For the past year, Deana Clifford, the WIL’s wildlife veterinarian for non-game threatened and endangered species, has been investigating an outbreak of canine distemper virus occurring in desert kit foxes along the I-10 corridor of eastern Riverside County. Since the project began in January 2012, biologists have been monitoring the collared foxes using radio telemetry – a sort of biological hide-and-seek. Typically, biologists can find collared individuals by listening to the unique frequency each collar transmits. The collars our kit foxes are wearing have two settings: active and mortality. A mortality pulses at a faster rate than a normal signal if the animal has not moved for many hours. This allows biologists to locate and retrieve the fox carcass and determine the cause of death in a timely manner. In addition to radio-collars, remote cameras have been placed at kit fox dens allowing biologists to monitor their health and physical condition.

Throughout this past summer, thunderstorms surged through the Colorado Desert, resulting in flash flooding. While it is true that this is not atypical of the desert (as mentioned earlier), it can still cause some disruptions to an animal’s regular pattern of activity. Burrowing animals are especially vulnerable because their homes are susceptible to flooding. Moving to higher ground becomes a necessity to avoid being trapped and new burrows need to be established quickly in order to be protected from predators, competitors and the weather.  It was during this time that several of our collared desert kit foxes seemed to have “disappeared.”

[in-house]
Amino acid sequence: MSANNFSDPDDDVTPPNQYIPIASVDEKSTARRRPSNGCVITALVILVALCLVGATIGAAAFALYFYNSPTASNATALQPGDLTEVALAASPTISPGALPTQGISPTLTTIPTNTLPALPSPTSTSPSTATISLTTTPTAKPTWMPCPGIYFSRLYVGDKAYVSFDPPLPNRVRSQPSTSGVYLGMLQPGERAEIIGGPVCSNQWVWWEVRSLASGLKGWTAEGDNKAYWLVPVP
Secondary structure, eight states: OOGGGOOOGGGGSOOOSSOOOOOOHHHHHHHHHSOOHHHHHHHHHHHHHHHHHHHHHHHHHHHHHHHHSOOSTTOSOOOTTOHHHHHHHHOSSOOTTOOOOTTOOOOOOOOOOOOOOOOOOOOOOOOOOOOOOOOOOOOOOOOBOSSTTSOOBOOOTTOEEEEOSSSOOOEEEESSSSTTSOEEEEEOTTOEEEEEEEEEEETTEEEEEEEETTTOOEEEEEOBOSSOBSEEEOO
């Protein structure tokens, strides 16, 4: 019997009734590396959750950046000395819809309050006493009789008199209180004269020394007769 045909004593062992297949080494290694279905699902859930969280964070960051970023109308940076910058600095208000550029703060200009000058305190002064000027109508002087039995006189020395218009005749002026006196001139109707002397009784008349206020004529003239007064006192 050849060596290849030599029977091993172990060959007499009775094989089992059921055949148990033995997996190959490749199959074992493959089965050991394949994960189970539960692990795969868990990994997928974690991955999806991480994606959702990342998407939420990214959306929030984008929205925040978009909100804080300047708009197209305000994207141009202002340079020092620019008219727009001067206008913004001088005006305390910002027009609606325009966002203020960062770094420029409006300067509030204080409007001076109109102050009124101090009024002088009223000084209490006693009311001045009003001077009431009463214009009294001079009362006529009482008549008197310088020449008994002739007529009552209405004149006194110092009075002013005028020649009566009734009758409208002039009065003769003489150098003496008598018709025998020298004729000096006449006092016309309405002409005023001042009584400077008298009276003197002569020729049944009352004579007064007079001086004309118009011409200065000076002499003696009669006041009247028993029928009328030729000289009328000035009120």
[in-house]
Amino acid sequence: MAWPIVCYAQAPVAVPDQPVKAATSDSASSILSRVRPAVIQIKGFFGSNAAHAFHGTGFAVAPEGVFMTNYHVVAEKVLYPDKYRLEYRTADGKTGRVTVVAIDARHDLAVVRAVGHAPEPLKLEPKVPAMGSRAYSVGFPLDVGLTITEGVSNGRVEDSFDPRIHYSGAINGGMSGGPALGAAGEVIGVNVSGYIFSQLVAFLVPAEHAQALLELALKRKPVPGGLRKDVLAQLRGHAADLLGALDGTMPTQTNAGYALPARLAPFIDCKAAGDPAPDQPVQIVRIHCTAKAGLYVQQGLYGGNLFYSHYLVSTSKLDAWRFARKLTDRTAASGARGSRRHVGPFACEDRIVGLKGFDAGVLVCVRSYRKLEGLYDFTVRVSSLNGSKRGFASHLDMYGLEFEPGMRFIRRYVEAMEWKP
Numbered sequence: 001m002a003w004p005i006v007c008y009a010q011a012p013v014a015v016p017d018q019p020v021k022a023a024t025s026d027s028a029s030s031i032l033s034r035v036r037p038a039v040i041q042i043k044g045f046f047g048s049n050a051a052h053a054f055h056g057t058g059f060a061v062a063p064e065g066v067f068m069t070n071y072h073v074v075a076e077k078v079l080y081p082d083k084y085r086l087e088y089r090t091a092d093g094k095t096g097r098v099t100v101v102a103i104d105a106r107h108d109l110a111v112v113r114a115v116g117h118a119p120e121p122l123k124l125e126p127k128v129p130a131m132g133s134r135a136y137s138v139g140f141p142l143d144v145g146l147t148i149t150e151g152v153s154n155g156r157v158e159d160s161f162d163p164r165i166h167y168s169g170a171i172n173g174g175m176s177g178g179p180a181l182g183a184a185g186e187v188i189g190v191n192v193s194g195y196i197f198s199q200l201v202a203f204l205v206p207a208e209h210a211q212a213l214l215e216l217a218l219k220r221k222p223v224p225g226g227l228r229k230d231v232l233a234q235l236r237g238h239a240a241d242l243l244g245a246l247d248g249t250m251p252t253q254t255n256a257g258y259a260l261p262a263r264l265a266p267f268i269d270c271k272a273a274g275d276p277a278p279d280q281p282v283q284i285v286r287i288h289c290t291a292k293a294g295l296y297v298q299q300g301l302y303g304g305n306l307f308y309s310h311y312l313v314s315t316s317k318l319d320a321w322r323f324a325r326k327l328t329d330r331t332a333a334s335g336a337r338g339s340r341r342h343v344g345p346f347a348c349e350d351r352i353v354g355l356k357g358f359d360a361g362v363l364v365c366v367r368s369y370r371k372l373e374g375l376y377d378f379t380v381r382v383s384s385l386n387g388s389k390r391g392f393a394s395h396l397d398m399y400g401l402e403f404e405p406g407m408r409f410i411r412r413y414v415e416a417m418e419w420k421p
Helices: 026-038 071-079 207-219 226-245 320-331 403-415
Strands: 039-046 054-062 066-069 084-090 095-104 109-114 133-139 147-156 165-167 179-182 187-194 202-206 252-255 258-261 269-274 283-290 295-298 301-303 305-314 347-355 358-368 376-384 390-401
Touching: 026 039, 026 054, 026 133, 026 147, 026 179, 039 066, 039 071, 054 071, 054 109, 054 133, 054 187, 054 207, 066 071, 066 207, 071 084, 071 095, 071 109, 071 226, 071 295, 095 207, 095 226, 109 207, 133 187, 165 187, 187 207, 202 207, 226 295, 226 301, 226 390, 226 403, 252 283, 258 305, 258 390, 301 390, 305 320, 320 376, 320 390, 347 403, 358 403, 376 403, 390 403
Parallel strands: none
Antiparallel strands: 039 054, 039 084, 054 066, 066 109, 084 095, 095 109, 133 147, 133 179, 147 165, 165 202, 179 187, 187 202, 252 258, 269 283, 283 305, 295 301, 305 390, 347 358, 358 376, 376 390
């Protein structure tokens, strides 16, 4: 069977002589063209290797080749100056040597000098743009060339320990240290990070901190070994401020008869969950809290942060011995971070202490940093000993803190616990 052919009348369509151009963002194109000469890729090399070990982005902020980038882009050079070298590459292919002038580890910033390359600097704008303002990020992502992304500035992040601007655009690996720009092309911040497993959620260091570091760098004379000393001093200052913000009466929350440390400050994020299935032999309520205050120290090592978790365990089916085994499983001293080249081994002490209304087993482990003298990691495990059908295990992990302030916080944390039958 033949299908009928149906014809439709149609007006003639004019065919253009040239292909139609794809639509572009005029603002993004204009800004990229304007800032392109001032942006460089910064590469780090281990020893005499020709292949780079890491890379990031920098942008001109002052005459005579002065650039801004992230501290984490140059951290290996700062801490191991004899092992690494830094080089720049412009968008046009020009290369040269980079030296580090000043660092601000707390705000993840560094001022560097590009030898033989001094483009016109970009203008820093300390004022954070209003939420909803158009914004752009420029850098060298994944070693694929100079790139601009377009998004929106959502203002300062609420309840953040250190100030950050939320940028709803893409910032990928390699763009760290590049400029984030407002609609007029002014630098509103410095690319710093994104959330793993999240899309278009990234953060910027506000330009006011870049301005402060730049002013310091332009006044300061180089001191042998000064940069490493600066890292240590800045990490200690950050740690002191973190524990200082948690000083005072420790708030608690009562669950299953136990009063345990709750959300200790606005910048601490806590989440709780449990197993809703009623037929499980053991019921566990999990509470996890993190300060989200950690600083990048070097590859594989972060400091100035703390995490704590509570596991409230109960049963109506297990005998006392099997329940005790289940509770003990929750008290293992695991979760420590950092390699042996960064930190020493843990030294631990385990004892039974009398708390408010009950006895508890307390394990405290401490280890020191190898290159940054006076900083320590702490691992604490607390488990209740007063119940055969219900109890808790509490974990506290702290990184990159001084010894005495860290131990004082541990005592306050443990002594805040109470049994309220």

When a collared animal goes “off-air” (meaning they cannot be heard via radio telemetry) and seemingly disappears, it is unnerving. As biologists, we have a responsibility to the safety and well-being of a study animal and we do not want the collar to be the reason for any mishap that may occur in the animals daily activities. Additionally, these animals are part of a disease monitoring collaborative and they provide us with very valuable information. Not being able to find the carcasses means information is lost, which undermines the purpose of this effort. After several unsuccessful attempts to locate the animals on foot, it was decided that what we needed was an eye in the sky. We called upon the professionalism of warden-pilot Tom Evans. With his help, we were able to take to the sky and listen for our “missing” foxes. Thanks to Tom and all of his experience in aerial telemetry, we were able to locate and recover our missing foxes. Amazingly, we were also able to clearly see the large den complexes our missing foxes created – from the sky!